Trust no one, not even your end users: That's the underlying theme of a new security model proposed by Forrester Research this week called "Zero Trust," which calls for enterprises to inspect all network traffic, from the outside and on the inside.
John Kindervag, senior analyst with Forrester, says the current trust model in security is broken and the only way to fix it is to get rid of the idea of the trusted internal network and the untrusted external network. Instead consider all network traffic untrusted, he says. "Times have changed. You can't think about trusted and untrusted users" anymore, says Kindervag, who gave more details on the model at Forrester's Security Forum in Boston this week.
The wave of damaging insider-borne breaches during the past few years illustrates the importance of being able to see everything going on in the network, he says. He points to the case of a help desk employee for software firm TeleData Communications who sold credit reports from TCI customers Equifax, TransUnion, and Experian to a Nigerian organized crime ring, giving the bad guys access to client information for several years even after he had left the company.
None of the victim companies knew about the intrusions into their networks until two years after it had begun, when one firm discovered it. In the end, the employee, Philip Cummings, sold 30,000 identities, amassing a financial loss of more than $2.7 million.
"We have to know what's going on in our networks," Kindervag says. "Users can't have willy-nilly access ... they will either inadvertently do something bad and maybe get fired for it or illegally access data they actually had access to," such as the State Department employees who viewed passport information of several presidential candidates in 2008, he says.
Zero Trust means inspecting all traffic in real time, and a new category of products called network analysis and visibility, which combines several niche tools -- such as forensics, packet capture, meta data analysis, and network discovery flow analysis -- such that they provide visibility and analysis of traffic and don't disrupt business processes, according to Kindervag. These tools would work with security information management systems, he says.
Kindervag says this network architecture would deploy what he calls a network segmentation gateway. "It's like a UTM [unified threat management] tool or firewall on steroids," he says. It does firewall, IPS, data leakage protection, content filtering, and encryption with a 10-gigabit interface that separates the switching fabrics for each function, he says. "It's a new security paradigm," he says.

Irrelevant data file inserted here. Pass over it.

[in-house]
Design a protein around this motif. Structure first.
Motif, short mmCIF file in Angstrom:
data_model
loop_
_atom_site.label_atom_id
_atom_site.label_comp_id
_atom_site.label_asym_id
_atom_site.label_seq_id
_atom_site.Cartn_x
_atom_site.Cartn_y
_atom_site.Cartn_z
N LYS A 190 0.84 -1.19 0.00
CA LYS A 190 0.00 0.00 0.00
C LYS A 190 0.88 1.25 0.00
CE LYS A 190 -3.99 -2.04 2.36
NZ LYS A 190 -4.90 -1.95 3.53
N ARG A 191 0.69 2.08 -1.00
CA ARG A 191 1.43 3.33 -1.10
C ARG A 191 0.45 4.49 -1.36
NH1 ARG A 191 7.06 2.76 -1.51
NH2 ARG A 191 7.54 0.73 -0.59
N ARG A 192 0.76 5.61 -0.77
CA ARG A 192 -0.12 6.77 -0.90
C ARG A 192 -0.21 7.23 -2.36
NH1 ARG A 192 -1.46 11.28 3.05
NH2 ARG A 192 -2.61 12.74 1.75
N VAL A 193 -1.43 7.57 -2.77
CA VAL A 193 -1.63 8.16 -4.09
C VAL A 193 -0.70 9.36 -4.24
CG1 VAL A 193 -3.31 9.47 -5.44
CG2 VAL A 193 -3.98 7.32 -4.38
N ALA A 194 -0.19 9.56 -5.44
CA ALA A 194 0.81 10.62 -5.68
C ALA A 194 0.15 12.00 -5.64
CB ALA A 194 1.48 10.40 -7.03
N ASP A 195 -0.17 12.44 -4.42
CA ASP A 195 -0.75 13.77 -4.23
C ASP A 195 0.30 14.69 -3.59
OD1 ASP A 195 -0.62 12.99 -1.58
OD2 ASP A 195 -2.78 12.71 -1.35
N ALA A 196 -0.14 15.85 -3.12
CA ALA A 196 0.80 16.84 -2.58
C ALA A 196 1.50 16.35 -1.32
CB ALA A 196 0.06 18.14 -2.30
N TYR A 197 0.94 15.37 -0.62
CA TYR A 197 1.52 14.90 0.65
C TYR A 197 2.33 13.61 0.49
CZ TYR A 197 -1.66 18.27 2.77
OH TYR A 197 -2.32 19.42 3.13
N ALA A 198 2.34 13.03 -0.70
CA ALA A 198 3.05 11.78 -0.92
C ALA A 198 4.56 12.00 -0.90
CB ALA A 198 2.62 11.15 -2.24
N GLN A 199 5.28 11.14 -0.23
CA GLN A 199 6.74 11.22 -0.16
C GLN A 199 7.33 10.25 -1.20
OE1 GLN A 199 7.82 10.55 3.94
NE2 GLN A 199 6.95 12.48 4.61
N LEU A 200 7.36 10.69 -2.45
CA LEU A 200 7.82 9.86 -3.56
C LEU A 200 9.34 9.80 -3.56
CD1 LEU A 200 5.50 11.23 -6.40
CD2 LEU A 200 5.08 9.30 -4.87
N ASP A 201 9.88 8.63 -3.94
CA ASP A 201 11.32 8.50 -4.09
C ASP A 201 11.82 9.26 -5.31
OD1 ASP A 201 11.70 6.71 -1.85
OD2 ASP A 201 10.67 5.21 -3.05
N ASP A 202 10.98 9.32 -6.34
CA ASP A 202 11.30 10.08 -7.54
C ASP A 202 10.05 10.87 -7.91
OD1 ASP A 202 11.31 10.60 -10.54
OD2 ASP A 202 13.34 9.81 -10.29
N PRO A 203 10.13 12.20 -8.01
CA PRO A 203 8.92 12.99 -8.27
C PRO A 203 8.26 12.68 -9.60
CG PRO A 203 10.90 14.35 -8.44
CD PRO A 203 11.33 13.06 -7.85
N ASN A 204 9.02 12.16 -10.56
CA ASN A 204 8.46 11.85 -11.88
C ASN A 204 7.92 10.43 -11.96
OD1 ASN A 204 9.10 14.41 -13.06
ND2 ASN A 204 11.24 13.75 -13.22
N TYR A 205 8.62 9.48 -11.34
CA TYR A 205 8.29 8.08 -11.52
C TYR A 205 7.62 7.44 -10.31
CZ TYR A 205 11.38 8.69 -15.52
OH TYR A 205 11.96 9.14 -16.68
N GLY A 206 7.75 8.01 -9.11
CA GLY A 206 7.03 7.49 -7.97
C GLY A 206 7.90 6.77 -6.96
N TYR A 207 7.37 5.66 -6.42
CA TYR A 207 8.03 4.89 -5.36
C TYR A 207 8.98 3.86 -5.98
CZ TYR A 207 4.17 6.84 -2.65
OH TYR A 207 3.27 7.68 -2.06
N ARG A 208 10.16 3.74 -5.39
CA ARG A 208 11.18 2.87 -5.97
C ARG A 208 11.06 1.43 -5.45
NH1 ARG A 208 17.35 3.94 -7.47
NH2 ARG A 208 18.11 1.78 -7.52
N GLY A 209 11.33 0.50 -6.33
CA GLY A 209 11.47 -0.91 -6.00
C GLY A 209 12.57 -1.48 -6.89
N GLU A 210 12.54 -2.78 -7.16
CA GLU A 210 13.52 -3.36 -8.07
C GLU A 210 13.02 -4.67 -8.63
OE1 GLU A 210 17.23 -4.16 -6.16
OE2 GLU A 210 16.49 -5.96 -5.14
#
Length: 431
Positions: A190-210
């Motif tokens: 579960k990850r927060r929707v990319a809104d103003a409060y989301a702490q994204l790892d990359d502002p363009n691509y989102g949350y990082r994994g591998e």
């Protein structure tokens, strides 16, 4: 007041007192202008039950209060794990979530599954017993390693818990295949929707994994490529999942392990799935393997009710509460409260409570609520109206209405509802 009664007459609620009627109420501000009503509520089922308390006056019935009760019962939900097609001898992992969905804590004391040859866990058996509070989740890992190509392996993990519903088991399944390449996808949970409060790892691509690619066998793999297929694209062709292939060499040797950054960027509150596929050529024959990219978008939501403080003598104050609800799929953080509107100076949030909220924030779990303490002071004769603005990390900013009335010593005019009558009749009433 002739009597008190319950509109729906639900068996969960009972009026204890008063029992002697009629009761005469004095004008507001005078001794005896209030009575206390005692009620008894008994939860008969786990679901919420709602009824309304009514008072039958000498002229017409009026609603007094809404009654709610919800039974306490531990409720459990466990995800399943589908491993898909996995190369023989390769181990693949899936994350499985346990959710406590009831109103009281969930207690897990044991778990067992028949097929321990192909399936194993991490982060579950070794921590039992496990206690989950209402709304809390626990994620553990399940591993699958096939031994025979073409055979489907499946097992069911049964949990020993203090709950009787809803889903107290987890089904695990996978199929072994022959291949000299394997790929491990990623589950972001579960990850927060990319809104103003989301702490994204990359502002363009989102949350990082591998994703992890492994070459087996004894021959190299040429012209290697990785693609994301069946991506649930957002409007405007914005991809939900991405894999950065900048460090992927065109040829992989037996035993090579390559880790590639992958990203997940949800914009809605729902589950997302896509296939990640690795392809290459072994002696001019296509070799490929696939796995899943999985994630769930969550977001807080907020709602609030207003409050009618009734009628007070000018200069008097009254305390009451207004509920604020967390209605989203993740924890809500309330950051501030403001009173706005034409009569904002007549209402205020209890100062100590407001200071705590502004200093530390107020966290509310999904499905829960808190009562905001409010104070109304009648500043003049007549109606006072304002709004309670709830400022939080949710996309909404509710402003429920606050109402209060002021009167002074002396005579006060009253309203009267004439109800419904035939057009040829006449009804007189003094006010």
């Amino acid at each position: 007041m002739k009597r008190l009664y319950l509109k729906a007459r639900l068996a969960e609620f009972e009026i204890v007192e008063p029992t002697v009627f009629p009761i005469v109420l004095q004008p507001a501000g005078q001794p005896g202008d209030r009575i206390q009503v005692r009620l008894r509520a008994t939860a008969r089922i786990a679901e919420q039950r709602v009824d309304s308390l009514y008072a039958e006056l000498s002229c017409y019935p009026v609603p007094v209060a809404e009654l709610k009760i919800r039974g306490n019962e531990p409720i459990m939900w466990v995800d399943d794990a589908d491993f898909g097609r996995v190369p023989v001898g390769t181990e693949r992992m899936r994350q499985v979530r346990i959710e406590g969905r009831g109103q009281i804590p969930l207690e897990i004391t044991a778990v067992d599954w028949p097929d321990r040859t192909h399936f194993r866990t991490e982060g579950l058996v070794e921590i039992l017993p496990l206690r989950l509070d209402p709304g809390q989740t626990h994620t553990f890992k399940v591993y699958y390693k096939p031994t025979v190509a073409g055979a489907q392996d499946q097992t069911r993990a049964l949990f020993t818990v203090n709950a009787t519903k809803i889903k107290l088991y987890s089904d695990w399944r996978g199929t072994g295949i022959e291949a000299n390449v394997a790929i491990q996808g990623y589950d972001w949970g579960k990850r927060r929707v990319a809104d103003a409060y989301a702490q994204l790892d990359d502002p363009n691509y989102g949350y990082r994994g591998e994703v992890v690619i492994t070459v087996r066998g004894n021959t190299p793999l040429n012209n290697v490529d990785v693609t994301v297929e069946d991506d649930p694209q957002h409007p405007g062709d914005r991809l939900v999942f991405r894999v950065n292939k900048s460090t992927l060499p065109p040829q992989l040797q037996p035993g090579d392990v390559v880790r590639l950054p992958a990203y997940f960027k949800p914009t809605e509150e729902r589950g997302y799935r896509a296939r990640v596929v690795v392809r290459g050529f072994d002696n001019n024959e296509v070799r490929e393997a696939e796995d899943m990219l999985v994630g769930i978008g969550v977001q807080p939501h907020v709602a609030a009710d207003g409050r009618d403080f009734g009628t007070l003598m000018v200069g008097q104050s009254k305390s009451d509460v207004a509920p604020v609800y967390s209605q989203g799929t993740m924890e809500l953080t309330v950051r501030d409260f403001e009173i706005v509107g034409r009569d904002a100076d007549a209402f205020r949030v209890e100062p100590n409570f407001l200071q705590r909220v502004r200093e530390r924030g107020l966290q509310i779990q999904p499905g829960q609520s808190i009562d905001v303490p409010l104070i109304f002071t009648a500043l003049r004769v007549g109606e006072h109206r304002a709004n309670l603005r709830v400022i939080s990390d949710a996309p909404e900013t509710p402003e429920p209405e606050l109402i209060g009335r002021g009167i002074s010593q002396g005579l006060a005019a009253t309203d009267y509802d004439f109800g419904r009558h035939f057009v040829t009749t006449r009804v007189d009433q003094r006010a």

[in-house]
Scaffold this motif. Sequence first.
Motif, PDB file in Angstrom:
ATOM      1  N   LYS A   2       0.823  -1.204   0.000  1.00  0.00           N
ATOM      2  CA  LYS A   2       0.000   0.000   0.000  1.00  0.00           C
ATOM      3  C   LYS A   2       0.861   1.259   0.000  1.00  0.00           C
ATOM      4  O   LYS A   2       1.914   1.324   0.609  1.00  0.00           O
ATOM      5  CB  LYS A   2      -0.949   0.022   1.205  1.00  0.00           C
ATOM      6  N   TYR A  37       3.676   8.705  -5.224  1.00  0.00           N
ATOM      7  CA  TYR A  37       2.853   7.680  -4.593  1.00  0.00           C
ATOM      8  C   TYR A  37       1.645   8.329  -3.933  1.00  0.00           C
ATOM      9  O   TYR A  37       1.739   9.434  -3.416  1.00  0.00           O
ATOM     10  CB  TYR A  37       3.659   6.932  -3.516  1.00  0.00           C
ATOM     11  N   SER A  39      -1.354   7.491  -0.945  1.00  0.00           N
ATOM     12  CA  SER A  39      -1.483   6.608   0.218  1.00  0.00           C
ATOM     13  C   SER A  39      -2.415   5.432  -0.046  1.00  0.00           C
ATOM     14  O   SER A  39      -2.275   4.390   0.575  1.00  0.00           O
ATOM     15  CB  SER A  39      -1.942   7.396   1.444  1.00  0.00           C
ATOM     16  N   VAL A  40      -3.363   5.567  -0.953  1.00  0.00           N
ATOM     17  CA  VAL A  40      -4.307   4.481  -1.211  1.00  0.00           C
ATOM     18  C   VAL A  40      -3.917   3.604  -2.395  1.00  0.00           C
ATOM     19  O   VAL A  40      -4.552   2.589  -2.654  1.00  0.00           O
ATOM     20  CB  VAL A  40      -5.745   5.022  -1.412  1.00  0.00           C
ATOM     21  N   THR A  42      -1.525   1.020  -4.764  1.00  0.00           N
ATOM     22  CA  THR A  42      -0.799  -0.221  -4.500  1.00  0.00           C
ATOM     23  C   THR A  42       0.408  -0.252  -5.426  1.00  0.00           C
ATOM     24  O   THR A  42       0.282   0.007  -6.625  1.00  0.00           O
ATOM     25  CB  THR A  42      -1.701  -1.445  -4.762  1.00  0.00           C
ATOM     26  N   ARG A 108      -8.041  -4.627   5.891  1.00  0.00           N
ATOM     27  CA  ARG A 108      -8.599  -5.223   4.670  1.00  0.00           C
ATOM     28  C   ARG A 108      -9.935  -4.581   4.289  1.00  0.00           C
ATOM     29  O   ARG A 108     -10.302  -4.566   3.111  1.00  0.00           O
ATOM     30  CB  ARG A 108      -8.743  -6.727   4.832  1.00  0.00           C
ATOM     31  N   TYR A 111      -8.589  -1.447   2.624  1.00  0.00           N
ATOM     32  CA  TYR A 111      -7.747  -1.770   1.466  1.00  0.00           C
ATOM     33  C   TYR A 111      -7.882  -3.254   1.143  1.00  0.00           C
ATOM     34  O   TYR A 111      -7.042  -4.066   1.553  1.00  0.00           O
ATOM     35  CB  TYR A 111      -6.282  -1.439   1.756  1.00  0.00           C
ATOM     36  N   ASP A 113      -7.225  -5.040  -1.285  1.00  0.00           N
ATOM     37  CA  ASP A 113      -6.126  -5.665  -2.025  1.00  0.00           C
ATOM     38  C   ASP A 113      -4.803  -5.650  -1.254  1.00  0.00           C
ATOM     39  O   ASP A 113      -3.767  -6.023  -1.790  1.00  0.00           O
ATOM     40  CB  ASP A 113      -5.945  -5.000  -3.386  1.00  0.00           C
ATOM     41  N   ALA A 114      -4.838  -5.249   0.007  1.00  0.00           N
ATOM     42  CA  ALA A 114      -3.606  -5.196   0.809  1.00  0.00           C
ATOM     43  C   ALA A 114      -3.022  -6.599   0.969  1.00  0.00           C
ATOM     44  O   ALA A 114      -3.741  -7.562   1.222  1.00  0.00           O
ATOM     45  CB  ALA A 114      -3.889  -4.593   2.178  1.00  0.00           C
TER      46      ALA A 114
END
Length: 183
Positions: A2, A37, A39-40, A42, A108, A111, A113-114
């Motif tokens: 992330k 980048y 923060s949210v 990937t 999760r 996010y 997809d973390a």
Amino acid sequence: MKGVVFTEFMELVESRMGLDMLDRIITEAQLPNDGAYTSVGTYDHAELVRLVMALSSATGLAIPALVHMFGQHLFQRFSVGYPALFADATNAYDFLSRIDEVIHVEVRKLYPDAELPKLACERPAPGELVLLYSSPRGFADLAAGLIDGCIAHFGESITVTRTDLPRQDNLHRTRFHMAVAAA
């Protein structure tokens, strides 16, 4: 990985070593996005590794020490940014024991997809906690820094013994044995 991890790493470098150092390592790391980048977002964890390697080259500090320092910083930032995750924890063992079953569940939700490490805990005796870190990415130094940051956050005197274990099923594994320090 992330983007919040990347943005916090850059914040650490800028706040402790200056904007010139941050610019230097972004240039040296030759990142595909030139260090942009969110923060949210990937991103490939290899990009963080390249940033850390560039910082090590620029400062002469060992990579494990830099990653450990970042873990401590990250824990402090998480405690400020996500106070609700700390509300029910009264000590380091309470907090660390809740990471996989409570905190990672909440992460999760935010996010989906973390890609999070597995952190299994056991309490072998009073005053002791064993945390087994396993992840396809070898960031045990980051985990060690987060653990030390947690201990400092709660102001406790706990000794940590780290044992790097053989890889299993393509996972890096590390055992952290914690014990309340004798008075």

The gateway would be managed as a single switch, with "mini-cores of switches, each has its own perimeter security by default and protected by policy," he says. "The management software that manages all the switches becomes the backplane switch fabric."
Zero Trust basically builds security into the network fabric, he says. "You can take these concepts and do a radical [change] using existing, off-the-shelf technologies rearranged in different ways," he says. "Some of the existing UTM and firewalls are close to" a network segmentation gateway model, he says.
This will let enterprises catch illicit activity more quickly. "You're going to see all traffic as it goes through," he says. "And you're inspecting and logging all traffic, so can see things that look weird, like when Joe who doesn't normally access the SQL database is [suddenly] downloading the entire SQL database," Kindervag says.
But he admits the model won't go over well with the network side or with end users who might resent their traffic being so closely scrutinized. "A few vendors won't be agile enough to respond to this," he says.
For now, Forrester plans to continue shaping the model and provide more information so enterprises and vendors can test it out. The model is less about products and more about a new model of trust, Kindervag notes.
As a former penetration tester and engineer, Kindervag says he was getting frustrated with the state of security and that just another layer of defense-in-depth isn't the answer. "The answer is to go all the way to the lowest part of the stack and [to change] the trust model," he says.
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Kelly Jackson Higgins is the Executive Editor of Dark Reading. She is an award-winning veteran technology and business journalist with more than two decades of experience in reporting and editing for various publications, including Network Computing, Secure Enterprise ... View Full Bio